Ace of Spades, Sacramento
Saturday, April 19, 2014
I’ll start by noting that I spent the bulk of my 20s running in the opposite direction of mainstream country music. I’ve relaxed that stance a bit in recent years, but it’s still not my thing. Having said that, here’s why I spent a recent Saturday night at the Jon Pardi show at Ace of Spades.
I grew up in the Sacramento suburb of Winters, where Pardi’s band Northern Comfort was a staple of the downtown bar scene in the mid-‘00s. I played in a punk band around that time, and we often played those same bars, but to much smaller crowds and with much sloppier results.
I was drinking in one of those downtown dive bars when I first happened upon Northern Comfort. The band was fast, loose and rowdy. They delivered on all of the raw energy country had to offer, without the cookie-cutter corniness that tends to dominate the country charts. I loved it. Winters nightlife was exponentially better on nights when they played.
A year or so after that, the band broke up and Pardi set his sights on Nashville. Since then he’s come through Sacramento on occasion, and I’ve attended a few of the shows. The first was at JJ’s Saloon in Winters (now defunct, as Winters has replaced most of its dive bars with wine tasting rooms). Next was The Grad in Davis, followed by headlining gigs at the Dixon May Fair and Ace of Spades.
Fact: The headliners at the May Fair the previous year were Snoop Dogg and Larry the Cable Guy.
That’s a steep trajectory, and it’s extra impressive when you consider there are thousands of musicians just like Pardi trying to scrap their way to the top in Nashville as I type this.
Pardi has 112,000 Facebook “likes” and 27,000 Twitter followers, along with his own semi-vibrant hashtag: #PardiTime. It’s stamped all over his T-shirts and hats, and serves as a hub for all things Pardi-related on Twitter.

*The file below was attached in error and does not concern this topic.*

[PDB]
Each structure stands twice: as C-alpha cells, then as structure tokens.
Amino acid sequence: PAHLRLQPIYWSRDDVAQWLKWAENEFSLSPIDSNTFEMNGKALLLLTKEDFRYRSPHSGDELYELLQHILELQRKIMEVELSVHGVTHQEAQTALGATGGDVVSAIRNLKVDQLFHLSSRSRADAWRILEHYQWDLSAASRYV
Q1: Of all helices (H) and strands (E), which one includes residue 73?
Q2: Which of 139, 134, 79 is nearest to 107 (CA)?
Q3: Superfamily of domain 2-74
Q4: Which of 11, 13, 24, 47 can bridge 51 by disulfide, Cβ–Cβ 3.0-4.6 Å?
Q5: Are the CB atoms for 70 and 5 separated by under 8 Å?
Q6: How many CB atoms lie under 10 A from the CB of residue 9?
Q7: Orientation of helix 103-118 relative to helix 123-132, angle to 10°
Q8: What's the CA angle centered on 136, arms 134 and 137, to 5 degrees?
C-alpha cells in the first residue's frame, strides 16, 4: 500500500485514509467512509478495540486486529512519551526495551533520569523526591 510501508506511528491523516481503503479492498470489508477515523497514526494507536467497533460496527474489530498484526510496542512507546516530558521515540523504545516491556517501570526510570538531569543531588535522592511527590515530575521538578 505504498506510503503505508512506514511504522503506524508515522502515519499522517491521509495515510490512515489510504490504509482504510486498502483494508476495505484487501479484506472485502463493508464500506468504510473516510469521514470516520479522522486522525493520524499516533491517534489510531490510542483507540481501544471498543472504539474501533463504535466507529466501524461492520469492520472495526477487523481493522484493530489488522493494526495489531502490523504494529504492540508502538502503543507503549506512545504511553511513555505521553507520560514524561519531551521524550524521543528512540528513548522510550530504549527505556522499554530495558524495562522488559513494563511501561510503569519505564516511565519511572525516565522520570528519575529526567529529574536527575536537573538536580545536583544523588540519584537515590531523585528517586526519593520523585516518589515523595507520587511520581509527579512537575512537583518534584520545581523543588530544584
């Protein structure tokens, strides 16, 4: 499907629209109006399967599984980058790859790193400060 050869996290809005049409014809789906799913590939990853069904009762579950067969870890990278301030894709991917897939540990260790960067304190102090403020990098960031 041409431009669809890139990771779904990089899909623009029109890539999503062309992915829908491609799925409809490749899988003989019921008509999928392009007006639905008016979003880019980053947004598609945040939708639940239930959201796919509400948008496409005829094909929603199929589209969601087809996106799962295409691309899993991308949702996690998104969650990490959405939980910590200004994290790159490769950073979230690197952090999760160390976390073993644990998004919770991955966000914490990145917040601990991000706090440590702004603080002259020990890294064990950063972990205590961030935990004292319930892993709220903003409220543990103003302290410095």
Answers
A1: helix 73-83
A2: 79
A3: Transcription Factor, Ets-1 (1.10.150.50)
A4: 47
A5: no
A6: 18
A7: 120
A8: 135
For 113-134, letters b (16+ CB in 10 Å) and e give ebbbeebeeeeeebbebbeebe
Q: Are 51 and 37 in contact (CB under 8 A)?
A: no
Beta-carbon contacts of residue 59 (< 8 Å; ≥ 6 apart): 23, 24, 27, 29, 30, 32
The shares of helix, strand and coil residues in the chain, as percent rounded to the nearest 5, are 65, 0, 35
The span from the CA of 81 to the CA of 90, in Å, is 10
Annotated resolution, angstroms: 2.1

His last name is pronounced “PAR-TY,” and it happens to be entirely on brand with his image. That matters in Nashville, where every performer is playing a character. Pardi’s making his marketing team’s job very easy without even trying too hard.
The Ace of Spades show kicked off with a song called “What I Can’t Put Down,” which is also the first track from his new album, Write You a Song. It’s a lively country-rock song that revels in the difficulty that goes along with kicking your vices. The song celebrates the memories one can create while routinely fucking up, and it’s carried along by money lines like this: “The devil wears black and he goes by Jack and he’s really good at helping me forget.”
The song embodies the whole “devil on your left shoulder, angel on your right” scenario with simple perfection. As you listen, it’s clear you’ll be leaning in the direction of the devil on this particular night, but at least you’ll have the decency to feel bad about it tomorrow.
Fact: Five of the 11 songs on Pardi’s album directly reference or allude to alcohol. “What I Can’t Put Down” (Jack Daniels), “Up All Night” (eating jerky and drinking a 12-pack with some lady), “Trash a Hotel Room” (general partying), “Empty Beer Cans” (duh) and “When I’ve Been Drinkin’” (duh).
Pardi has already toured with some of the biggest names in country music, including Luke Bryan and Dierks Bentley. He’s also opened for country icons like Alan Jackson and Dwight Yoakam. All four singles from his major label debut have cracked the Top 50 of Billboard’s Hot Country Song charts. He’s 28 years old. It’s not far fetched to speculate that he could be on the brink of something massive.
Back when Pardi was still local, I remember watching him play an unfamiliar, yet incredibly infectious song as I finished a beer before leaving the bar. I was standing next to the “stage,” so when he finished, I leaned in and asked him about the song. I had never formally met him, but I was curious about the song.
“It’s called ‘Wagon Wheel,’” he told me, and then explained that it was a Bob Dylan verse that a country band had expanded into a fully fleshed-out song. I went home and learned it, and played the shit out of it in the years that followed.
It was obscure then, but these days you can’t walk down the street without getting clubbed in the face by that song. That’s in part because Hootie covered it, but also because it’s just a really high-quality blend of simple chords and melody that grabs you on a visceral level.
That’s a quality that also exists in Pardi’s songs, and he was obscure a few years ago, too.